Biochar use in the old world is mostly a cultural or traditional practice. Probably Japanese are still using Bamboo charcoal in many ways. Biochar is not some thing suddenly we have innovated, we need to discover its use and also innovate new uses. All farmers can adopt and one need not be in a hurry to apply large quantities in a go to have bumper yield or crop, the annual incremental application would be more sustainable for the farmer as well for the environment.

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Biochar Production and Uses is the presentation to discover the uses of Biochar as soil amendment and other uses.

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From Magh Biochar Retort 2

Magh Bichar retort - 1 is a simple low-cost biochar making retort. In this design a two hundred liter steel drum is used. The top and bottom portions of the drum were cut open. One of the lids is used for covering the open side. The biomass is dumped into the drum and lit at the top and more biomass is added while it is still lit to fill it up to the brim. In TLUD condition the flame continuous. After some time the intensity of the flames lessen. Now the lid is placed over the flames and using soil the lid is sealed, so that no smoke is seen leaking out. Now the smoke appears at the pipe, which is attached through a connecting pit at the bottom of the drum. Leave it for more than 12 hours. The biochar continues to form and also the retort cools down. This second situation is the downdraft condition.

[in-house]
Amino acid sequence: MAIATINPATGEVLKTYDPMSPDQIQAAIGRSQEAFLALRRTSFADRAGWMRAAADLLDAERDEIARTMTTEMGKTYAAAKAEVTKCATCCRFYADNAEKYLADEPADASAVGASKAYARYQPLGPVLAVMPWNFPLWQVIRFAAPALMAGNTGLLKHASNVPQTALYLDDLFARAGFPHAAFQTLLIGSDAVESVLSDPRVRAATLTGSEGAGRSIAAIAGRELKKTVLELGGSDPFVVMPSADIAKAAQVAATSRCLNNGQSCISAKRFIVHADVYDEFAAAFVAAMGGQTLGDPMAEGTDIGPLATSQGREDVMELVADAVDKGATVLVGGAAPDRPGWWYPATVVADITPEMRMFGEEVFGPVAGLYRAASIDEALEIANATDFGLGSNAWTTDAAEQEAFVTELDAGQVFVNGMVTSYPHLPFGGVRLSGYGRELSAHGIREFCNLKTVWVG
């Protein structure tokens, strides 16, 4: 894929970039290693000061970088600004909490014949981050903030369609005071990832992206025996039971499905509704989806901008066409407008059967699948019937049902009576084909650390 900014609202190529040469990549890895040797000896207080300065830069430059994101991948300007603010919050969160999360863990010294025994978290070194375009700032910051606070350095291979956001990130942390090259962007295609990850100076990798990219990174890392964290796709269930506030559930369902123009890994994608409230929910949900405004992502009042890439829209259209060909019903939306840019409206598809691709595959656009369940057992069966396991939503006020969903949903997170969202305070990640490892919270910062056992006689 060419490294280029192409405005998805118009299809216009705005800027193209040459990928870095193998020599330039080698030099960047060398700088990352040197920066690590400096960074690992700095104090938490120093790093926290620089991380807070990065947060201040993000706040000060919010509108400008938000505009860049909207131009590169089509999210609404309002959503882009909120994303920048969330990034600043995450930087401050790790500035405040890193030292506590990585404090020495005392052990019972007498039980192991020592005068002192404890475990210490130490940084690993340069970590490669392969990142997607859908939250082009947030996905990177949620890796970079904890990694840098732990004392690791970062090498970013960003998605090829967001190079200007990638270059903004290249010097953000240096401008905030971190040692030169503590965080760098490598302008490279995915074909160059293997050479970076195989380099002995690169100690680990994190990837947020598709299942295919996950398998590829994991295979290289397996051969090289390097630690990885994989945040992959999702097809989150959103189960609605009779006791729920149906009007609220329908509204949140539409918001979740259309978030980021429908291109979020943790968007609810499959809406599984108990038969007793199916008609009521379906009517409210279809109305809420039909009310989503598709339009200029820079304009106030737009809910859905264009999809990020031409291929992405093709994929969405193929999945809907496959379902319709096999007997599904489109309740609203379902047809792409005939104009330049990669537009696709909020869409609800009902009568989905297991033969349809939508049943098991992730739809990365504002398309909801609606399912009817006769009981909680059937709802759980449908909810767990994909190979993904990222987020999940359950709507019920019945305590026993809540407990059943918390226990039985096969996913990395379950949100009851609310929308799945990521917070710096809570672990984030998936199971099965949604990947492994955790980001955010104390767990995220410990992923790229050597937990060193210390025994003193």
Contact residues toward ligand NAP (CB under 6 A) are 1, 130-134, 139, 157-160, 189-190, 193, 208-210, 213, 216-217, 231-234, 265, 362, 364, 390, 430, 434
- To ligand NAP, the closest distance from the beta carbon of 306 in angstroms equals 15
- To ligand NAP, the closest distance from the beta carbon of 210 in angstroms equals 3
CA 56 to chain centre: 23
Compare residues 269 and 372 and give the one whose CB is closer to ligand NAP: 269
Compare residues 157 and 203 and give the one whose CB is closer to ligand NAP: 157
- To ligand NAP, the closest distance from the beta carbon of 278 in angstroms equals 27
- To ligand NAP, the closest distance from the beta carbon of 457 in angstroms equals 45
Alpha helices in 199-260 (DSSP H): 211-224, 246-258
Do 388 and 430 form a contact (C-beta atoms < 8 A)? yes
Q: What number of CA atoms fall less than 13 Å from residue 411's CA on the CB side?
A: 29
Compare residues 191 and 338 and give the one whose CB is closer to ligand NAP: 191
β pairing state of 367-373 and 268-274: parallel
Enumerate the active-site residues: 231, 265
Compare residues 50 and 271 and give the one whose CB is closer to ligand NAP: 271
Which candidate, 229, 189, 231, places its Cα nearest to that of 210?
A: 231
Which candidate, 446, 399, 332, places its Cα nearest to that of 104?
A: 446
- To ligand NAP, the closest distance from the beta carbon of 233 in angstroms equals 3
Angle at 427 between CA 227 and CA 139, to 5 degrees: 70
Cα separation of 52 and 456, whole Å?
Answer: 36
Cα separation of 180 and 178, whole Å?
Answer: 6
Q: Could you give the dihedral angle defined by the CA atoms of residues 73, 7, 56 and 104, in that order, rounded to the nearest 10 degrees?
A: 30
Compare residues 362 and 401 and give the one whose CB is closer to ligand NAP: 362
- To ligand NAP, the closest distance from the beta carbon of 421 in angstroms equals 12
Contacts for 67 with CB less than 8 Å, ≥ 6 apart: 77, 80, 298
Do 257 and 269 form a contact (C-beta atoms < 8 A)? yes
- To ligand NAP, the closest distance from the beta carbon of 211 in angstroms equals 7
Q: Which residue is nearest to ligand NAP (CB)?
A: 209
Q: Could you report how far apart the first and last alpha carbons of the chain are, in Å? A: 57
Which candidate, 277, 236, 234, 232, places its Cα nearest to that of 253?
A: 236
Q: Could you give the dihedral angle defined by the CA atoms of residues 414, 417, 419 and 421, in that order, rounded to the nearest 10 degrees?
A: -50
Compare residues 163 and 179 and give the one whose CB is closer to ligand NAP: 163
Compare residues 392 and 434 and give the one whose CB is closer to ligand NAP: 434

Note: Precaution should be taken to keep oneself as far as possible from the flames. The efficient production of the biochar also depends on the producers experience. For more details see http://maghbiocharretort.blogspot.com/

Magh Biochar Retort is demonstrated to the community under the GSBC Project. GEO is implementing the project with support of GoodPlanet, France.

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1. GEO BIOCHAR URINAL - PVC and 2. GEO BIOCHAR URINAL - CLAY

Biochar / charcoal can be used for tapping the Nitrogen and other useful elements. Simple urinals are designed http://e-biocharurinals.blogspot.com/ for tapping the nitrogen and other useful elements for using as a soil amending material for improving the quality of the soils, increasing crop production, addressing the global warming by reducing the NOx emissions, avoiding artificial fertilizers, keeping the toilets clean and odor free, etc.